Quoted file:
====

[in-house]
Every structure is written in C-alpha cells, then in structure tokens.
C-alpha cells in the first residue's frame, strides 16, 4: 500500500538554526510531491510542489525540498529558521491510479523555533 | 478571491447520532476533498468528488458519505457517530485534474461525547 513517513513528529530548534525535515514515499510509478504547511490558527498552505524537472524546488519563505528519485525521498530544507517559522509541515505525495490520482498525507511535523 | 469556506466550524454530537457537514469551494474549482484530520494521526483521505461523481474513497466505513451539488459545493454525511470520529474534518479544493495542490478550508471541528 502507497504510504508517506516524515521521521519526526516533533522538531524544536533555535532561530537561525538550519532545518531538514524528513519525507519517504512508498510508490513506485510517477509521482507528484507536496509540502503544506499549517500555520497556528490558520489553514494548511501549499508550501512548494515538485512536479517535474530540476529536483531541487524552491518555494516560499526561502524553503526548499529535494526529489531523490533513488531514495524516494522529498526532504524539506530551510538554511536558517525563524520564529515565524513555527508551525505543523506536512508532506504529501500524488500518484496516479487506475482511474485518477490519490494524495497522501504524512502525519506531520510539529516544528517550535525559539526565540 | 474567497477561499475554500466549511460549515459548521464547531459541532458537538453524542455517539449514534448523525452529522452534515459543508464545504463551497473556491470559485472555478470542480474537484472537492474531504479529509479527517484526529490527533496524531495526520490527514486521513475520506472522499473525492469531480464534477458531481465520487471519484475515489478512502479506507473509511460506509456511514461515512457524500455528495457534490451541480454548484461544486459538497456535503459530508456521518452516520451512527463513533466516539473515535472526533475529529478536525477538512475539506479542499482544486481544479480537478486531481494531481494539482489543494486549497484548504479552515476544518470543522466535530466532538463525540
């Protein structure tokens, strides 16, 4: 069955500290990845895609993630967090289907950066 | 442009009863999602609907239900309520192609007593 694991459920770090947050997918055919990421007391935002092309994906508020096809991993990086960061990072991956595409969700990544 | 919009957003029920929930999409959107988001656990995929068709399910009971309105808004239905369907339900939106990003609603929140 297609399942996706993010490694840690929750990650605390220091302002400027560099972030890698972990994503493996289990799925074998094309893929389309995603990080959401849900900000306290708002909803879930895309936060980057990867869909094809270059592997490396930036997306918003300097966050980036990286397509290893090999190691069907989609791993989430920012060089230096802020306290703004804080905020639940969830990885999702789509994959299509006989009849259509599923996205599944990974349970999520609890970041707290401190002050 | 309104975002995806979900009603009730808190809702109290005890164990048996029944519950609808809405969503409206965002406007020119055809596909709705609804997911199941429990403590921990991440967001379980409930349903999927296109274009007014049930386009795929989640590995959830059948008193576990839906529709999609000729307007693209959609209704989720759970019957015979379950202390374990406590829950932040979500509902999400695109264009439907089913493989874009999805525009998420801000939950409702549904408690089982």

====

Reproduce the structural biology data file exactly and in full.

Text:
[in-house]
Every structure is written in C-alpha cells, then in structure tokens.
C-alpha cells in the first residue's frame, strides 16, 4: 500500500538554526510531491510542489525540498529558521491510479523555533 | 478571491447520532476533498468528488458519505457517530485534474461525547 513517513513528529530548534525535515514515499510509478504547511490558527498552505524537472524546488519563505528519485525521498530544507517559522509541515505525495490520482498525507511535523 | 469556506466550524454530537457537514469551494474549482484530520494521526483521505461523481474513497466505513451539488459545493454525511470520529474534518479544493495542490478550508471541528 502507497504510504508517506516524515521521521519526526516533533522538531524544536533555535532561530537561525538550519532545518531538514524528513519525507519517504512508498510508490513506485510517477509521482507528484507536496509540502503544506499549517500555520497556528490558520489553514494548511501549499508550501512548494515538485512536479517535474530540476529536483531541487524552491518555494516560499526561502524553503526548499529535494526529489531523490533513488531514495524516494522529498526532504524539506530551510538554511536558517525563524520564529515565524513555527508551525505543523506536512508532506504529501500524488500518484496516479487506475482511474485518477490519490494524495497522501504524512502525519506531520510539529516544528517550535525559539526565540 | 474567497477561499475554500466549511460549515459548521464547531459541532458537538453524542455517539449514534448523525452529522452534515459543508464545504463551497473556491470559485472555478470542480474537484472537492474531504479529509479527517484526529490527533496524531495526520490527514486521513475520506472522499473525492469531480464534477458531481465520487471519484475515489478512502479506507473509511460506509456511514461515512457524500455528495457534490451541480454548484461544486459538497456535503459530508456521518452516520451512527463513533466516539473515535472526533475529529478536525477538512475539506479542499482544486481544479480537478486531481494531481494539482489543494486549497484548504479552515476544518470543522466535530466532538463525540
């Protein structure tokens, strides 16, 4: 069955500290990845895609993630967090289907950066 | 442009009863999602609907239900309520192609007593 694991459920770090947050997918055919990421007391935002092309994906508020096809991993990086960061990072991956595409969700990544 | 919009957003029920929930999409959107988001656990995929068709399910009971309105808004239905369907339900939106990003609603929140 297609399942996706993010490694840690929750990650605390220091302002400027560099972030890698972990994503493996289990799925074998094309893929389309995603990080959401849900900000306290708002909803879930895309936060980057990867869909094809270059592997490396930036997306918003300097966050980036990286397509290893090999190691069907989609791993989430920012060089230096802020306290703004804080905020639940969830990885999702789509994959299509006989009849259509599923996205599944990974349970999520609890970041707290401190002050 | 309104975002995806979900009603009730808190809702109290005890164990048996029944519950609808809405969503409206965002406007020119055809596909709705609804997911199941429990403590921990991440967001379980409930349903999927296109274009007014049930386009795929989640590995959830059948008193576990839906529709999609000729307007693209959609209704989720759970019957015979379950202390374990406590829950932040979500509902999400695109264009439907089913493989874009999805525009998420801000939950409702549904408690089982």